If you’re short on space or time you may want to pick varieties that aren’t readily available in your area. For example if you know there’s a lot of organic spring greens and radishes available at your farmers market you may want to use an area of your garden for snap peas instead.

Fall in love with a story.

Belle Isle Cress

Not every variety comes with a really cool history but some do. If there’s a story that really stands out in your mind like how “Radiator Charlie” paid off his house after developing the Mortgage Lifter Tomato or how shipwrecked Portuguese sailors survived a Canadian winter on Belle Isle Cress pick that variety. Your excitement will help keep heirlooms alive everytime you share that story with someone visiting your garden.

Try to find a variety that connects you with your heritage and culture.

Not that far in the past everyone had a garden and cooked from scratch. If you can find out what your grandparents favorite varieties were or more generally what varieties you share some heritage with you can help re-awaken cultural food ways. You may even find yourself more inspired to maintain family gardens and recipes.

 

Above all else choose what you love. Don’t let worry about having a “good” garden control your choices. If you love spending time in your garden with the varieties you’ve chosen that’s really all that matters.

 

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DIY Pumpkin Puree & Pumpkin Spice Waffles

Connecticut Field Pumpkin

Whoever decided that pumpkin spice food is just for autumn got it wrong. Now is when I scrambling to pack all the winter squash and pumpkins we put up this summer into our meals. Before long it will be spring and as much as I love the stuff I don’t want the house to still be overflowing with winter squash. Come spring I’ll be ready for greens, snap peas, and rhubarb! So for now it’s pumpkin spice, tasy, warm, filling and sweet.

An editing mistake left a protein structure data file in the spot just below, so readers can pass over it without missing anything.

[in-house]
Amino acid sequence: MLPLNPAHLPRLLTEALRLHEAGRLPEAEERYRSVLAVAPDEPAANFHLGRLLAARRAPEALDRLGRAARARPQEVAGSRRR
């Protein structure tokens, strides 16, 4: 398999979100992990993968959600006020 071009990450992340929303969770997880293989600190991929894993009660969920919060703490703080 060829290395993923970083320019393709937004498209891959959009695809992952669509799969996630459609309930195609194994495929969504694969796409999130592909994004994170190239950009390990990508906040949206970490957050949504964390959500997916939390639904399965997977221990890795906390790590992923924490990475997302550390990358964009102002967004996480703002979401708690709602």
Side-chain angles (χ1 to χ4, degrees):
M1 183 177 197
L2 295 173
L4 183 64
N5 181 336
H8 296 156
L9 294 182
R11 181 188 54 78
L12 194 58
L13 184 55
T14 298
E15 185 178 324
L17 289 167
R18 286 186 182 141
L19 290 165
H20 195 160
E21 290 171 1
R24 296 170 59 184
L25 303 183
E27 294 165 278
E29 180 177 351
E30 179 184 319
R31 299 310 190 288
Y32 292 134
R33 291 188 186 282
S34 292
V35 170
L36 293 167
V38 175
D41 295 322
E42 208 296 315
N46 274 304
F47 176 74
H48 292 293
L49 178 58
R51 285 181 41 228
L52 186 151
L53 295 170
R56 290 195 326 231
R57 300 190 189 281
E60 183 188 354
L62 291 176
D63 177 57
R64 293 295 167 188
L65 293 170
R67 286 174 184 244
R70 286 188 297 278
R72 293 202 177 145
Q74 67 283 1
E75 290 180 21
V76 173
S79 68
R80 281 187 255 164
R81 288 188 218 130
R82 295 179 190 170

DIY Pumpkin Puree

***for those who are ready for the waffle recipe keep scrolling****

Any local foodie will tell you pumpkin puree doesn’t come in a can! It’s actually super easy to make and nearly any winter squash or pumpkin will do. If you’ve got a Waltham Butternut or Table Queen on hand there’s no need to go search the farmers market for a pie pumpkin.

Split your squash or pumpkin in half and scoop out all the seeds. Place the pumpkin opening down in a shallow baking pan with about 1 inch of water. This will keep it from drying out.

Bake at 350°F for 30 minutes to 2 hours or until tender depending on the size of your pumpkin.

*Optional: clean the seeds and bake in a single layer on a cookie sheet with a little vegetable oil and salt while your pumpkin is baking. Bake until golden brown. Alternatively save them for next year!

On to the good stuff.

Pumpkin Spice Waffles

These waffles are a great breakfast or treat on a cold winter days and they’re an awesome way to cook with local, healthy ingredients. I bet you can get all the veggie haters in your life to eat some winter squash hidden in these little gems.

Another great thing about these waffles is that the squash takes the place of the egg in the recipe so they’re great for people with allergies or those who are vegan. I promise you’ll love them even if you’re not!

These waffles are that perfect mixture of crispy on the outside and soft and fluffy on the inside.

Here’s what you’ll need:

  • 1 cup of flour (all purpose or whole wheat)
  • 1/2 tsp baking powder
  • 1/4 tsp baking soda
  • 1/2 tsp cinnamon
  • 1/8 tsp nutmeg
  • 1 TBS sugar
  • 1/2 cup of pumpkin puree
  • 6 TBS vegetable oil
  • 1 tsp vanilla extract
  • 1 cup milk (for dairy free replace with nut milk or water)

Option toppings:

  • maple syrup, butter, molasses, or powdered sugar

First combine all dry ingredients in a mixing bowl then add the pumpkin or squash puree, vanilla extract, and vegetable oil. Next, slowly stir in the milk. If you’re puree was watery you may need less of the milk. The batter should be easy to pour but not thin.

While you’re mixing up your batter you can pre-heat your waffle iron. A hot waffle iron makes better waffles that stick less.

Cook your waffle using the normal directions for your waffle iron and enjoy! Then promise your family you’ll make a double batch next time when they keep coming back for more.